Keeping concrete warm during transport between the mixing plant and construction site results in a better, cheaper and more eco-friendly product. A new type of concrete mixer truck can result in less wastage and better quality of this important building material.
Researchers in Norway are among those at the forefront in the field of nanoelectronics. Their goal is to create electronic components at the atomic level, which would open vast possibilities for electronic gadgets.
Countless potentially useful enzymes are hidden all around us. NTNU researchers have developed a new method that could help us find them.
In the new Norwegian-produced disaster film North Sea, the snake robot Eelume plays a crucial role. Norwegian researchers and a Norwegian company are behind the newly released film.
Goats are smart animals. A new technology takes advantage of their intelligence — so they longer need physical fences. More than 2400 Norwegian farmers are already using the technology to herd their animals.
The Norwegian University of Science and Technology (NTNU) and SINTEF have travelled to the UN climate change conference, COP26, with three strong recommendations on how the North Sea can power the green energy transition.
These research scientists are studying Nature’s own nanomaterials – applying tools and methods that are normally used for something quite different. Their work has provided us with knowledge that may revolutionise everything from medical treatments to building constructions.
Team Cerberus has won an international competition with their subterranean robots, competing against top-ranked challengers. The group is headed by an NTNU professor.
Only very few companies succeed consistently in developing new ideas. But those that do have one factor in common. The boss doesn’t interfere.
Lybe Scientific, a start-up company based on NTNU research, is entering the market as a provider of high-quality diagnostic solutions – not just for COVID-19 diagnostics, but also other areas such as the common flu and sexually transmitted diseases.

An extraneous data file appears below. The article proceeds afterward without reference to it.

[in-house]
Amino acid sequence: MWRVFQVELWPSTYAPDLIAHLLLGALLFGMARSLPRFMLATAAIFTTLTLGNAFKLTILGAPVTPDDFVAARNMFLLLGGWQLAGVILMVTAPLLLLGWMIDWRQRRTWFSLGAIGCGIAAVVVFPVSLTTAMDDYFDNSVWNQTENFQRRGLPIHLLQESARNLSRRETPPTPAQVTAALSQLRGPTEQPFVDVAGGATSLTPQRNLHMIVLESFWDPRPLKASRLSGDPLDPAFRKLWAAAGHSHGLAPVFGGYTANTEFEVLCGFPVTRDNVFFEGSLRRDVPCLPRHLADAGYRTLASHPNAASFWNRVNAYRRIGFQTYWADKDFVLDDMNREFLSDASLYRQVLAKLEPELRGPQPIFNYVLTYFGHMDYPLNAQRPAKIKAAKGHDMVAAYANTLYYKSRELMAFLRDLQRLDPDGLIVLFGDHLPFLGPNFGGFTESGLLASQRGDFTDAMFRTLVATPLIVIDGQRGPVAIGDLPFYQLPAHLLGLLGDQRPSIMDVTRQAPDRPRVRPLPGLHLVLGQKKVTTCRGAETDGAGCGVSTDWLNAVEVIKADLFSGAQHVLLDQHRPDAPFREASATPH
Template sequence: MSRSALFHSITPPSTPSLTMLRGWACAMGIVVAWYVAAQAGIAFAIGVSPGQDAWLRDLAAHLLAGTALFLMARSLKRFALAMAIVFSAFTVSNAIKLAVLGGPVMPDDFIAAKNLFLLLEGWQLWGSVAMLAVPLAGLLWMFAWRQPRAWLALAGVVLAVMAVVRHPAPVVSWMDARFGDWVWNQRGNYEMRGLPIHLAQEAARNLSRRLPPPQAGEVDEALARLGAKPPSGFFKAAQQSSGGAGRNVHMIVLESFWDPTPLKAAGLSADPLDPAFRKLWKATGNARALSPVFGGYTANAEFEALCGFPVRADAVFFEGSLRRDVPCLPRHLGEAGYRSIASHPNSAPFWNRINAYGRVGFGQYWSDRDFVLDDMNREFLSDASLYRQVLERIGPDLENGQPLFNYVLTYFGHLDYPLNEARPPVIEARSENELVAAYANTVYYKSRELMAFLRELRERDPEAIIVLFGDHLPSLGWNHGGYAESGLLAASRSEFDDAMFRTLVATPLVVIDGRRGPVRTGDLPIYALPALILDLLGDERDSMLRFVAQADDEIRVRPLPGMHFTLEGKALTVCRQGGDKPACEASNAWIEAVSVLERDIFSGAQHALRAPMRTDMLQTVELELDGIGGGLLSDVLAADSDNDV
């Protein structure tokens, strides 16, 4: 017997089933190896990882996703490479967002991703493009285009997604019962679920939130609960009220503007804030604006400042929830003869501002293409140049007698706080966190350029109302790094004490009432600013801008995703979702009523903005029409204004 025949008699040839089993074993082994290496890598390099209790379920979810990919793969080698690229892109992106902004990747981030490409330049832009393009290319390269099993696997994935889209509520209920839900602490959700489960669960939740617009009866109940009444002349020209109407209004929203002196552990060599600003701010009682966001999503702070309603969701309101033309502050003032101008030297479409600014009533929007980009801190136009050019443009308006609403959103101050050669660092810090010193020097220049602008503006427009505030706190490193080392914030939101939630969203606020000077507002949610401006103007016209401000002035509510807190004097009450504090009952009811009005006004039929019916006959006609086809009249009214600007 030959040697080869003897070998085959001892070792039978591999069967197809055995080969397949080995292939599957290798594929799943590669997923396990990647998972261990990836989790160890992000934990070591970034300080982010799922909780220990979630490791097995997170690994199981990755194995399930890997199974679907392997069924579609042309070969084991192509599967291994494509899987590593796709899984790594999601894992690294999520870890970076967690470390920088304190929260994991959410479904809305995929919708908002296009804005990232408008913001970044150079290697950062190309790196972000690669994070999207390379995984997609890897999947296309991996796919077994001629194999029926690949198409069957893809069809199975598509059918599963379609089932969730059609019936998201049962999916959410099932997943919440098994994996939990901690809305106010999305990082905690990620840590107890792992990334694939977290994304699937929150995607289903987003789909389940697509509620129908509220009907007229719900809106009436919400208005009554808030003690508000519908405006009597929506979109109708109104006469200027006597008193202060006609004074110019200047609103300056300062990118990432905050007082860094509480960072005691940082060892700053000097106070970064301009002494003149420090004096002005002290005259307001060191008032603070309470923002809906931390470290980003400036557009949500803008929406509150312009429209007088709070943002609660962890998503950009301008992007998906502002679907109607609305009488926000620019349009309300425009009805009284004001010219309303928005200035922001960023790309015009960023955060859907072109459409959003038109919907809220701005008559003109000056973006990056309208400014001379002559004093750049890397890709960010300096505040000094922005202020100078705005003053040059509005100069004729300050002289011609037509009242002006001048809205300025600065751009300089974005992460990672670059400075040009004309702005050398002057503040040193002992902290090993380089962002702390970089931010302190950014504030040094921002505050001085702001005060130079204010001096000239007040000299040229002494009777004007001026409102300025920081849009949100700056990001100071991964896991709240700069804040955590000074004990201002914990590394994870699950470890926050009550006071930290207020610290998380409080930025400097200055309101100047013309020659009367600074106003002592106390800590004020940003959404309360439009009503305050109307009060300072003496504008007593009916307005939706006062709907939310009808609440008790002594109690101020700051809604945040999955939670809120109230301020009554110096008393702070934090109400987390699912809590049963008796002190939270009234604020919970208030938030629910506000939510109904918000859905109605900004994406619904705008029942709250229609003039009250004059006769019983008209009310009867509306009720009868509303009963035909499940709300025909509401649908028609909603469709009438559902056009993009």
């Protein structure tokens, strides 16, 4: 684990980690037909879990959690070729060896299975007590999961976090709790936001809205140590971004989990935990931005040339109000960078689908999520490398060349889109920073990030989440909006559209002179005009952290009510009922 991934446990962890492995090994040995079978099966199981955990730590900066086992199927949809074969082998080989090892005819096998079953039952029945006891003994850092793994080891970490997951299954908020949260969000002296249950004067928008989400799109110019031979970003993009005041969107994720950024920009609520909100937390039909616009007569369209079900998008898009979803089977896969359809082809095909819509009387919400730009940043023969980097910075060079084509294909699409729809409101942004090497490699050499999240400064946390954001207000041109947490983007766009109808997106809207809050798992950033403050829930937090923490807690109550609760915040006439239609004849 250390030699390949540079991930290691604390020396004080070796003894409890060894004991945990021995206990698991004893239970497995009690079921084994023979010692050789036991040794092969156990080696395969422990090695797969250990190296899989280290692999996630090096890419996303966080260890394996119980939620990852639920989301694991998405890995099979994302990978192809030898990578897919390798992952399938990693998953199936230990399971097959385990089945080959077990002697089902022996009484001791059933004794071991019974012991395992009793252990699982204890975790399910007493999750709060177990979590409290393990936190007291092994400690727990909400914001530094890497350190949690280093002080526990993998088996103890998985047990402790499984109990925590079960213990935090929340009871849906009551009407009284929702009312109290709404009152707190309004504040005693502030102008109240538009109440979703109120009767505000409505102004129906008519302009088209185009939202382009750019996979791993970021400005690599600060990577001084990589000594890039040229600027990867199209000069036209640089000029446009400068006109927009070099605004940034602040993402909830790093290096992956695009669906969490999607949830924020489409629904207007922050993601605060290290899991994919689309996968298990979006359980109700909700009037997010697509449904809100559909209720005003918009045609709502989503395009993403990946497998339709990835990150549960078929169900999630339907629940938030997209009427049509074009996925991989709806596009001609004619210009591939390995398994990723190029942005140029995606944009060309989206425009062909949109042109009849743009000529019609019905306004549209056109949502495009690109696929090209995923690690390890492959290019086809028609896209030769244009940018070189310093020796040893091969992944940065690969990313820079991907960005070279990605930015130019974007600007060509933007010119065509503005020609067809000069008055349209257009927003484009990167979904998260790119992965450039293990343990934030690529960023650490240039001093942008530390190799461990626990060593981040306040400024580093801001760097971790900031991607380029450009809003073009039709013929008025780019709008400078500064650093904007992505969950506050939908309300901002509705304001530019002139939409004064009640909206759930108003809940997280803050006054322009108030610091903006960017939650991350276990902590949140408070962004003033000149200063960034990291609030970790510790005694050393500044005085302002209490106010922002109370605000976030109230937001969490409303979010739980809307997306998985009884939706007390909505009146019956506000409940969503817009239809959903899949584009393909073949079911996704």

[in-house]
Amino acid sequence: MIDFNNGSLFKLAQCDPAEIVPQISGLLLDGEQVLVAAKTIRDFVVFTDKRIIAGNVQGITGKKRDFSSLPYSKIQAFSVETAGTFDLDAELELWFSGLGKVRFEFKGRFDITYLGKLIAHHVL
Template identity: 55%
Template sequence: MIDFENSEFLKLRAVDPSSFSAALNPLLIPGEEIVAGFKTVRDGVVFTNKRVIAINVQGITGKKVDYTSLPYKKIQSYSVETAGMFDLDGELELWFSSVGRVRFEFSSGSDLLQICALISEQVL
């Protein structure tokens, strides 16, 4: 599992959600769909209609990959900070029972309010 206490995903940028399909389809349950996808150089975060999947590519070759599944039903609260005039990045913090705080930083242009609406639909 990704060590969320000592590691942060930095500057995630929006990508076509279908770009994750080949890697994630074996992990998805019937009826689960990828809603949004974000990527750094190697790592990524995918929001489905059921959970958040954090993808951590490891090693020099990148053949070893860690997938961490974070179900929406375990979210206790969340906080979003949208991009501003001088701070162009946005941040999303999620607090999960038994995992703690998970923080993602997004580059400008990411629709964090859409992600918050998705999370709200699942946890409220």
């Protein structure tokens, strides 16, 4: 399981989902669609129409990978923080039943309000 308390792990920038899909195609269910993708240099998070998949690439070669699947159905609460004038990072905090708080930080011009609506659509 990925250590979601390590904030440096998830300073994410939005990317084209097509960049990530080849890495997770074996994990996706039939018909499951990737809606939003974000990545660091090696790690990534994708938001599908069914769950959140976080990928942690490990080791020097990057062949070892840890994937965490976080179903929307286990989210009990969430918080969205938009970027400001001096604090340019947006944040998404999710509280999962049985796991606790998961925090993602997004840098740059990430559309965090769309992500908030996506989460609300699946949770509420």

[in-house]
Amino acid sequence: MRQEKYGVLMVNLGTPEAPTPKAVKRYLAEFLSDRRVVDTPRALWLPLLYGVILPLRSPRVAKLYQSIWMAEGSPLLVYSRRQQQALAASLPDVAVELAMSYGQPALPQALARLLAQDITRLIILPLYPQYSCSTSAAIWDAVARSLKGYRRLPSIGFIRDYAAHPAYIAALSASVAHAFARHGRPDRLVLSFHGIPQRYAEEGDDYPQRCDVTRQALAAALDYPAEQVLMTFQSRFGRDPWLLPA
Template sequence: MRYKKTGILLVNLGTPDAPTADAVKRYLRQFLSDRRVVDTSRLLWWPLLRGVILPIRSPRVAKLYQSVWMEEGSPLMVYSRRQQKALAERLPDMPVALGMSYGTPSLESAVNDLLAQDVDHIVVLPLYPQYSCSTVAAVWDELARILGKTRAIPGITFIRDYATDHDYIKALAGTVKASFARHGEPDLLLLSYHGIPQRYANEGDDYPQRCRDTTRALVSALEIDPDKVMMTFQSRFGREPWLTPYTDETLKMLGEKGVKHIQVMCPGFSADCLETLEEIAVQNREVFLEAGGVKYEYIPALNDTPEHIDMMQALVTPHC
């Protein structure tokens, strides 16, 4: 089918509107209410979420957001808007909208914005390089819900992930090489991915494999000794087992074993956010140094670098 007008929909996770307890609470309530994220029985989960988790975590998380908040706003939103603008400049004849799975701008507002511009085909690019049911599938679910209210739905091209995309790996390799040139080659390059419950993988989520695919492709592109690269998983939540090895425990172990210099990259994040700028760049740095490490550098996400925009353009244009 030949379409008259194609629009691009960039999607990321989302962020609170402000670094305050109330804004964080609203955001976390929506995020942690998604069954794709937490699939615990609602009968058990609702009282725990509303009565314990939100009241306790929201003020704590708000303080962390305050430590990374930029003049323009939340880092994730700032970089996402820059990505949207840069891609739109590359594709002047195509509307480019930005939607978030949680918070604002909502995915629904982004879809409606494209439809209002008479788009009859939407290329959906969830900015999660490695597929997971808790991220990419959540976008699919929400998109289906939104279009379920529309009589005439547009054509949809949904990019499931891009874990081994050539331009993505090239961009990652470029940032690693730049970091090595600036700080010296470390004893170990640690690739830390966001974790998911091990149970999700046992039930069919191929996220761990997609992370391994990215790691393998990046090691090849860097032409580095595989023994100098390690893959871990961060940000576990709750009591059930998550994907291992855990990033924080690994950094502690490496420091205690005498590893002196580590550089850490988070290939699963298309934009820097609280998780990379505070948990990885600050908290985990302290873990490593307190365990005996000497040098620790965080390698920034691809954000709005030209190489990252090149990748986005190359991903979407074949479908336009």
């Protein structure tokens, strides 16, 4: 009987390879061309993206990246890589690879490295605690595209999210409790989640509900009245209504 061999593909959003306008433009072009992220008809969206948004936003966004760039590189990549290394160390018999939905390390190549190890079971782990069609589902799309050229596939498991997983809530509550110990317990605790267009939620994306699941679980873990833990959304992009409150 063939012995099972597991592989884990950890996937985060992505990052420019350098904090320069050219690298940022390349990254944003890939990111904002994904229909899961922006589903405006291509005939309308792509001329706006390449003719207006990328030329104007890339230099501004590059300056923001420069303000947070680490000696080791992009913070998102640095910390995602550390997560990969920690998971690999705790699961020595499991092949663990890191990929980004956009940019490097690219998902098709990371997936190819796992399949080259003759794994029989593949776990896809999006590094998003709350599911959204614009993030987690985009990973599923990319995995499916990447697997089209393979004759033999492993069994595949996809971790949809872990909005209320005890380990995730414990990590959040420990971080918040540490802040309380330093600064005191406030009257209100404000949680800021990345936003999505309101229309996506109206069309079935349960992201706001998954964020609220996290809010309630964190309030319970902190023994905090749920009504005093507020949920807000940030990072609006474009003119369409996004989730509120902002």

Researchers at NTNU have developed a new elastomer with unprecedented stiffness and toughness, inspired by spider silk.
The UN Climate Panel wants us to stop using fossil fuels. Hydrogen is an alternative – but not without overcoming some obstacles first.
Strong storms can trigger steep, breaking waves that slam into platforms and wind turbines with tremendous force. Scientists at NTNU and SINTEF are studying the behaviour of offshore structures subjected to these kinds of waves. Their goal is to increase safety at sea.
A new report from the Intergovernmental Panel on Climate Change (IPCC) describes with unnerving detail just what can happen if nations fail to limit greenhouse gas emissions. But rapid international action will keep the worst consequences at bay, the panel said.
Relatively simple adaptation could make the cargo ships of the future completely green. The technology is based on the chemical compound ammonia, some extensive number crunching and one or two engine modifications.
A new app under development is using deep learning and artificial intelligence to classify different kinds of sea ice. People snapping photos during Arctic cruises and uploading them to the new app could someday help prevent Titanic -scale disasters.
New technologies, including artificial intelligence, allow us to study salmon behaviour and their living environment in large-scale commercial sea cages.
Young entrepreneurs are testing out drone transport of medical samples between two hospitals 100 kilometres apart.
Ghost fishing and plastic waste from the fisheries industry is becoming a major environmental problem. Can we address the issue by using degradable plastics? Scientists at a new research centre are aiming to find the answers and develop the systems we need.
Many of the world’s dams are not used for hydropower, but a new study shows they could be easily altered to produce renewable energy. This would be the most sustainable solution for new energy production in the world, says NTNU Professor Tor Haakon Bakken.
Intelligent food handling by robots can boost productivity and reduce waste in the production chain. Meet the robot with visual and tactile sensing, capable of handling compliant food objects.